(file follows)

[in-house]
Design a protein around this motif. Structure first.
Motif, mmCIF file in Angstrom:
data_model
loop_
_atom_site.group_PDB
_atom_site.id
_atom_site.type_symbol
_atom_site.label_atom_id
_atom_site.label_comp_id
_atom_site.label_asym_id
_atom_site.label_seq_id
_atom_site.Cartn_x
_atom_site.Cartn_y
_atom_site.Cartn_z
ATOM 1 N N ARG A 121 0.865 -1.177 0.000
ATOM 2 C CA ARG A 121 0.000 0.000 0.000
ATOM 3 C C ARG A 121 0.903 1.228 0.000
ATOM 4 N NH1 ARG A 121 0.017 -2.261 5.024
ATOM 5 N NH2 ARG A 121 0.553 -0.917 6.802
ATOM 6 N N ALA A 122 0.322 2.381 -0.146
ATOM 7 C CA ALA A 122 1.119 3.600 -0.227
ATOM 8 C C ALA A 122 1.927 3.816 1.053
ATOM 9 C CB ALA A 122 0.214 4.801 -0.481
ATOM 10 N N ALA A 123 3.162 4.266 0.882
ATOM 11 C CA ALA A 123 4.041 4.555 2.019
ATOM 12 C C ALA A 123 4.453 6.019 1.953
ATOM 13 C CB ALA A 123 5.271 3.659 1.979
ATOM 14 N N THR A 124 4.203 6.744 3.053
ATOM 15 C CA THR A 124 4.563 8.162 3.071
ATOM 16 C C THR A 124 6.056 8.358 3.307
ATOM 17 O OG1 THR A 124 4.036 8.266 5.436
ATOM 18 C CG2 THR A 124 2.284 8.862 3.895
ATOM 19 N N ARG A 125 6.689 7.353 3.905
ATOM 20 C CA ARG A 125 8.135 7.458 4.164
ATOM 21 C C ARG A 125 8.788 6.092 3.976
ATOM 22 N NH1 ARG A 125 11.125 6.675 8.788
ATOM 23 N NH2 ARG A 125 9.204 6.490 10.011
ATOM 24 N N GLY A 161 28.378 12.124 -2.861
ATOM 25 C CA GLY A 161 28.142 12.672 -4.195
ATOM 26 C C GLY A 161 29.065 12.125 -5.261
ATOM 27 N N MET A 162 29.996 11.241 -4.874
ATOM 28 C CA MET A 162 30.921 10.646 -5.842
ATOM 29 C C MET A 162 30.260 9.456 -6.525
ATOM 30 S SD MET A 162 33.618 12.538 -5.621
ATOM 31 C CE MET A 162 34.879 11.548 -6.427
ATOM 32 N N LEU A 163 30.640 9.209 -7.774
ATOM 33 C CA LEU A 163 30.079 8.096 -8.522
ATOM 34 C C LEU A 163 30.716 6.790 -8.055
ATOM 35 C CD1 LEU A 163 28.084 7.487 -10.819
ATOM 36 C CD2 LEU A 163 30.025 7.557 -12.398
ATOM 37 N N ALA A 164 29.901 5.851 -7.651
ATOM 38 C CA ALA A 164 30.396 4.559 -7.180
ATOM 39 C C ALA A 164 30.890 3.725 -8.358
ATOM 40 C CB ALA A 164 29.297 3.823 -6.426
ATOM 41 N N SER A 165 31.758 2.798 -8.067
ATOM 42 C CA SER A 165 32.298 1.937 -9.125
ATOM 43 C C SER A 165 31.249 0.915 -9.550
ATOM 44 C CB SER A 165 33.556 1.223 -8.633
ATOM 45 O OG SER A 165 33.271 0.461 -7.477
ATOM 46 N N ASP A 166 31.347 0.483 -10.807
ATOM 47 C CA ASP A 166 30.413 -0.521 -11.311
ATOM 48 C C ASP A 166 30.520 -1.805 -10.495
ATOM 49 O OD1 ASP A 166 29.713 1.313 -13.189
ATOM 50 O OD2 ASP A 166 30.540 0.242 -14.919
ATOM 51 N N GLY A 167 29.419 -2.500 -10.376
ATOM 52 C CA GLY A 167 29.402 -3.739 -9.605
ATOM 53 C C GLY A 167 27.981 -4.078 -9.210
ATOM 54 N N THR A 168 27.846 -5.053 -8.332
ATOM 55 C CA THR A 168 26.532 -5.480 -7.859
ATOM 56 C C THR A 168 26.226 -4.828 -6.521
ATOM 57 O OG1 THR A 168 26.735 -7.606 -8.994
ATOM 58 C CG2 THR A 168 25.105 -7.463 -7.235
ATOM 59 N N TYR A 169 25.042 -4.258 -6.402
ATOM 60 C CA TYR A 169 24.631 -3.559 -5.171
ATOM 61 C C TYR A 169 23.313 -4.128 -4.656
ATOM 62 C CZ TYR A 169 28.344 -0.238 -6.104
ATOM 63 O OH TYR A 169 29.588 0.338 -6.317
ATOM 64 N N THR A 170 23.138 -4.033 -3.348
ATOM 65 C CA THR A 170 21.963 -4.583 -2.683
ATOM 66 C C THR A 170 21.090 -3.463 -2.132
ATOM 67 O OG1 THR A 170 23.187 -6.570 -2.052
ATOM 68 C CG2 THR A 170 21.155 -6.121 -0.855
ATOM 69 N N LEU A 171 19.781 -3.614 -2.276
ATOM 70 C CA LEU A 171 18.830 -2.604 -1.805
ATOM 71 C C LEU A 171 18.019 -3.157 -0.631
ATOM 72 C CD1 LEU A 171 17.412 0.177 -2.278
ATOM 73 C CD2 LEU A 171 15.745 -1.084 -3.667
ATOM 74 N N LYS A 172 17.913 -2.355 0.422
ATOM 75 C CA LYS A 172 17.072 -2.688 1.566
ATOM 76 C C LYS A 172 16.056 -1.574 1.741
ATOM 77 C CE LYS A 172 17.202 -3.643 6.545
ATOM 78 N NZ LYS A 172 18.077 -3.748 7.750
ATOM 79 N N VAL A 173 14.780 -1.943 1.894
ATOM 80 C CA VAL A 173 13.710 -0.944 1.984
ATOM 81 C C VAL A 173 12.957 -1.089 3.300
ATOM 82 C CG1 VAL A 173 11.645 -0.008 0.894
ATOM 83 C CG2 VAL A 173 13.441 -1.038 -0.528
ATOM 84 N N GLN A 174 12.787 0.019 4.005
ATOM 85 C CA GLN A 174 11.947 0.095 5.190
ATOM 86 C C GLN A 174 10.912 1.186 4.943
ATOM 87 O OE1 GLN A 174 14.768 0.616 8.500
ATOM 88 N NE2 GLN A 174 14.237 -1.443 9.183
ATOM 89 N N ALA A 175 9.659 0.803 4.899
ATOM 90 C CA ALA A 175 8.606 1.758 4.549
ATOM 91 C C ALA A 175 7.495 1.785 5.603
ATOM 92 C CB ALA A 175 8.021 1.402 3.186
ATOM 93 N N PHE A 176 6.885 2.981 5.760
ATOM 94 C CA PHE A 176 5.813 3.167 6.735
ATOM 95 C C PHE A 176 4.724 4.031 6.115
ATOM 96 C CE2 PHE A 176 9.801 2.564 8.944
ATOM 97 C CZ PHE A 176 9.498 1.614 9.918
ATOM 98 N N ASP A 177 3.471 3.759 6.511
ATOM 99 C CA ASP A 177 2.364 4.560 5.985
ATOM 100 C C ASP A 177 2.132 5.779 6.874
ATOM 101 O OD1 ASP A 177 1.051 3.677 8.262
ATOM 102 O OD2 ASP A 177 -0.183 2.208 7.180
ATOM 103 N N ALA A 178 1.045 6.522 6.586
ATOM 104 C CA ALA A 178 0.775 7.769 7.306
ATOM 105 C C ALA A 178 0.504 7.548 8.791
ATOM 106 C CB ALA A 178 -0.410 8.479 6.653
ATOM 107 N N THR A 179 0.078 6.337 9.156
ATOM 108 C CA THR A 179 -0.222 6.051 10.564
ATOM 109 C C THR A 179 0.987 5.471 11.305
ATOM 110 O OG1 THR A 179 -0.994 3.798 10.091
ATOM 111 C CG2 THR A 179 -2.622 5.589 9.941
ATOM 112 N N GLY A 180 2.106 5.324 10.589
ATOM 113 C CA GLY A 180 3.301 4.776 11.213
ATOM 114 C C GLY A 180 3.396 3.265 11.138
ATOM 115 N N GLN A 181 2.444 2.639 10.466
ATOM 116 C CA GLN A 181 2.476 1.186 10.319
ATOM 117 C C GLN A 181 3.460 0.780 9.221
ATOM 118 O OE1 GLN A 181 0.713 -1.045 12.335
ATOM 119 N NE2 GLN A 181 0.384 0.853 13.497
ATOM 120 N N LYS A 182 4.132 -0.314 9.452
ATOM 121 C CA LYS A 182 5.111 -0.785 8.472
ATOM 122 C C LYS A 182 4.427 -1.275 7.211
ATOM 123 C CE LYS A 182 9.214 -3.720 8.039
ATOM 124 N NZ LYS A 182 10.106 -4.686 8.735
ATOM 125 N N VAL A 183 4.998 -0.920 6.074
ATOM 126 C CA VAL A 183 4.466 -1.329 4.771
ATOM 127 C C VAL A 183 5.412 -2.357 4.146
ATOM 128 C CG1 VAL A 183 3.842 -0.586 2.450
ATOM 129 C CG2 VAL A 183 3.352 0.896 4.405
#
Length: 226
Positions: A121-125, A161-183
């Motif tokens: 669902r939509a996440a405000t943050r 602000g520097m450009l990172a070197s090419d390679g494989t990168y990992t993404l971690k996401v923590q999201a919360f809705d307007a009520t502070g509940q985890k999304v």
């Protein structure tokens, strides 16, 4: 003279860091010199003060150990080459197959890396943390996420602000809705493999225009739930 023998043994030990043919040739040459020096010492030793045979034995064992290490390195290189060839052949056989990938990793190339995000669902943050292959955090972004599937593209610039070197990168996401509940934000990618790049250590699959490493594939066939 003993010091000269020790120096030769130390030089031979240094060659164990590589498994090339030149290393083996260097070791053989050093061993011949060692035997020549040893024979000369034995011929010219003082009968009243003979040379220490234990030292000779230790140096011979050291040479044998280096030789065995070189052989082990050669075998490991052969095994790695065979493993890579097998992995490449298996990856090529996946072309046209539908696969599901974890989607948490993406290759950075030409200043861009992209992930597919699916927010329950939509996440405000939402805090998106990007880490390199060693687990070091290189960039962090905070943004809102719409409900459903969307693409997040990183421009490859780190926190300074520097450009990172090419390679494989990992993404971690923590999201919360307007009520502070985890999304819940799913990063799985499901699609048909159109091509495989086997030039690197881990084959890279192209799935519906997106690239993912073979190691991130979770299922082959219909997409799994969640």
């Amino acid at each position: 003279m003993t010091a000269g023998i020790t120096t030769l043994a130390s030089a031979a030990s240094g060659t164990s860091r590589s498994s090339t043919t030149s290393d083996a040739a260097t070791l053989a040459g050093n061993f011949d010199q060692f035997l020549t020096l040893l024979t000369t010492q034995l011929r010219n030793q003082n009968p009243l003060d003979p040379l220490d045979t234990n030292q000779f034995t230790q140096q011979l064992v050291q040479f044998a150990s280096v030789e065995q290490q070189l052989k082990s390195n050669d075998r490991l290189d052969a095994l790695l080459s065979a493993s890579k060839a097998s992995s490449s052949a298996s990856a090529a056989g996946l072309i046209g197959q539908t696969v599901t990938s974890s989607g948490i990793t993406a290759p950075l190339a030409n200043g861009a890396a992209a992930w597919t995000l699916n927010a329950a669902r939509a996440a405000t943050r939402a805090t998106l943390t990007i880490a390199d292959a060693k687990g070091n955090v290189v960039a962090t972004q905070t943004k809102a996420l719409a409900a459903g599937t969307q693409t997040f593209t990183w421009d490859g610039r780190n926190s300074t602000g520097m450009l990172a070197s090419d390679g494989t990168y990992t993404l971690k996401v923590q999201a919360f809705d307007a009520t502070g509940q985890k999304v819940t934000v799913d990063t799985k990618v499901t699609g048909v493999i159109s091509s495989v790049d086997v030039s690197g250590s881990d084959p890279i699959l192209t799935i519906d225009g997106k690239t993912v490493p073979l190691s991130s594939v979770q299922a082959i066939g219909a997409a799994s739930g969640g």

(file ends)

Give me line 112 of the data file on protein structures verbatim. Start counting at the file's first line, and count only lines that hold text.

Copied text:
ATOM 97 C CZ PHE A 176 9.498 1.614 9.918